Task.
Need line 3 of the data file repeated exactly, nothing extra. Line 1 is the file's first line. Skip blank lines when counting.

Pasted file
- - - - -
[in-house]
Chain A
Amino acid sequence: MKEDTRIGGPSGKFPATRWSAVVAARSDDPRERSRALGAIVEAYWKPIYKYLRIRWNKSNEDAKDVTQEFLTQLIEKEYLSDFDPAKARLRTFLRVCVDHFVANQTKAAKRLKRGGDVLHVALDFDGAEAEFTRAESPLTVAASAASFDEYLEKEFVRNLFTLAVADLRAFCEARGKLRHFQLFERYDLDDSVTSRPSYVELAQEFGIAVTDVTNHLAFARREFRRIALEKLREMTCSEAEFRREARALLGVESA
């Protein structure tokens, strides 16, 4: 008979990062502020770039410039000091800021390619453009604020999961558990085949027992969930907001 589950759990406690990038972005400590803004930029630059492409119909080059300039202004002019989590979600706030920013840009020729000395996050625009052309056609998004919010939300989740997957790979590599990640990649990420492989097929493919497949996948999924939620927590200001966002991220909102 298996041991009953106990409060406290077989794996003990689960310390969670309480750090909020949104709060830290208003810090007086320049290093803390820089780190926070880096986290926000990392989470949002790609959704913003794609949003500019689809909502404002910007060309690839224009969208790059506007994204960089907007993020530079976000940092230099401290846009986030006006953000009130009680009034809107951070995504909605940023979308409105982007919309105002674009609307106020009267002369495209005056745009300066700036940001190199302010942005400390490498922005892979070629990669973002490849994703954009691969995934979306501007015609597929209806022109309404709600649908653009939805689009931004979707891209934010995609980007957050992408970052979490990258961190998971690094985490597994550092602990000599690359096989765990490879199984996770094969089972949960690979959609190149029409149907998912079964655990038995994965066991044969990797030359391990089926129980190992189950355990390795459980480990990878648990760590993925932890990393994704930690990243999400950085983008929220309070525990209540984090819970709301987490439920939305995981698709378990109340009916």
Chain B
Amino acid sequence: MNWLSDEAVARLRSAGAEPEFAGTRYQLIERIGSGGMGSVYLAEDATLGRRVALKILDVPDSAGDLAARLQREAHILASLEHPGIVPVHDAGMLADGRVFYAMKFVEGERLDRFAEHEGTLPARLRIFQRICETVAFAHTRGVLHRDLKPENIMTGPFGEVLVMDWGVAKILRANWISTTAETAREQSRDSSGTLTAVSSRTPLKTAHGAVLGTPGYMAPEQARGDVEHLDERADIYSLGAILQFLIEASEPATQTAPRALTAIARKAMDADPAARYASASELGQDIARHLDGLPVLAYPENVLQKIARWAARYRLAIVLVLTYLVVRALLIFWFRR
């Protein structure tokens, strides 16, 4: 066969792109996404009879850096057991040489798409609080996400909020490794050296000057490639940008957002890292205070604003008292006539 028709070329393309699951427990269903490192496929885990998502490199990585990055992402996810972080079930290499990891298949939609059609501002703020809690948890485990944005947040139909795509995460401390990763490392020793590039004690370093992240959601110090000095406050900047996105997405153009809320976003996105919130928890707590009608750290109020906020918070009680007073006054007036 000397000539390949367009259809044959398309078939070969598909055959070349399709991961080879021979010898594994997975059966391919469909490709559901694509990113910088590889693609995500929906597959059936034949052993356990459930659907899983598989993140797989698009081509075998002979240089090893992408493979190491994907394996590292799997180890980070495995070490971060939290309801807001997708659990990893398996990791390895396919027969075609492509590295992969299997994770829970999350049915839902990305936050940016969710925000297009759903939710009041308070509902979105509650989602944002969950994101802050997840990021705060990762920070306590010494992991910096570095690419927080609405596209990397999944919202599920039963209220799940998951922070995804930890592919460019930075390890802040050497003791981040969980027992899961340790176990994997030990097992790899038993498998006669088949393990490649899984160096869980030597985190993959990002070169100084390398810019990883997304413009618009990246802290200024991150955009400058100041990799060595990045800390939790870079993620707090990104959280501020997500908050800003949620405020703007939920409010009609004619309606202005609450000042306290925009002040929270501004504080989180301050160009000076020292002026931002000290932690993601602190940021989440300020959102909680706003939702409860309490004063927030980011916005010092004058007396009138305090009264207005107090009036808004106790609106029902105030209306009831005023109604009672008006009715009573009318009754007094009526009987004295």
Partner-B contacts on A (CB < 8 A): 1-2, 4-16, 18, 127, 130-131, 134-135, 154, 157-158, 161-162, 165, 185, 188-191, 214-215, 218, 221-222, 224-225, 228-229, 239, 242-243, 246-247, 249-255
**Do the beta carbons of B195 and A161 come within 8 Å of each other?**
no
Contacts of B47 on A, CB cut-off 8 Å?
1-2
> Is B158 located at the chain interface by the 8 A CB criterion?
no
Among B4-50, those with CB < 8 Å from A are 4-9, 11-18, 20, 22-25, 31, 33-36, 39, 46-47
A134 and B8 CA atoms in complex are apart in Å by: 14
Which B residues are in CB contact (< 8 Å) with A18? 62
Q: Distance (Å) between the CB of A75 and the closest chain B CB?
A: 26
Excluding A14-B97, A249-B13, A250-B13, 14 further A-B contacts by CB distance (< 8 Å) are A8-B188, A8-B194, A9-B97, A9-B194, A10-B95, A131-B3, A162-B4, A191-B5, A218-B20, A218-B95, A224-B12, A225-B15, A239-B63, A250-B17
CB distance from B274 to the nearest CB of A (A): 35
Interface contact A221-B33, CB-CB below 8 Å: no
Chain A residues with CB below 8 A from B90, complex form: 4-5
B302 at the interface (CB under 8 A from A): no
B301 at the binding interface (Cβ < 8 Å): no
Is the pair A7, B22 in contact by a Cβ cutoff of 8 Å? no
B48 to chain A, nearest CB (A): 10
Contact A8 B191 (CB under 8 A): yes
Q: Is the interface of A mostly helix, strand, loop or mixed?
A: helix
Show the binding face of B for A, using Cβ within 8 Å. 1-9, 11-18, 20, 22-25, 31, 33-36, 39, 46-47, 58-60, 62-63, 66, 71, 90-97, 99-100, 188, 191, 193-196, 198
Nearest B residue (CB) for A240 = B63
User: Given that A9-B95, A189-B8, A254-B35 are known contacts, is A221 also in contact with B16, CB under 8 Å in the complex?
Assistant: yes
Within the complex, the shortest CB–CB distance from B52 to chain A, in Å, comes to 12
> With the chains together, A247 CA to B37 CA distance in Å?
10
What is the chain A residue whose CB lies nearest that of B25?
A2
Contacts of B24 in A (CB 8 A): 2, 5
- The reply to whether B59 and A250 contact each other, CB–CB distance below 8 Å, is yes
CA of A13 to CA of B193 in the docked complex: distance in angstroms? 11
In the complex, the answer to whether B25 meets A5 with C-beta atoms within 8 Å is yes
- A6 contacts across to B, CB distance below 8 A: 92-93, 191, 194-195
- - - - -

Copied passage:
Amino acid sequence: MKEDTRIGGPSGKFPATRWSAVVAARSDDPRERSRALGAIVEAYWKPIYKYLRIRWNKSNEDAKDVTQEFLTQLIEKEYLSDFDPAKARLRTFLRVCVDHFVANQTKAAKRLKRGGDVLHVALDFDGAEAEFTRAESPLTVAASAASFDEYLEKEFVRNLFTLAVADLRAFCEARGKLRHFQLFERYDLDDSVTSRPSYVELAQEFGIAVTDVTNHLAFARREFRRIALEKLREMTCSEAEFRREARALLGVESA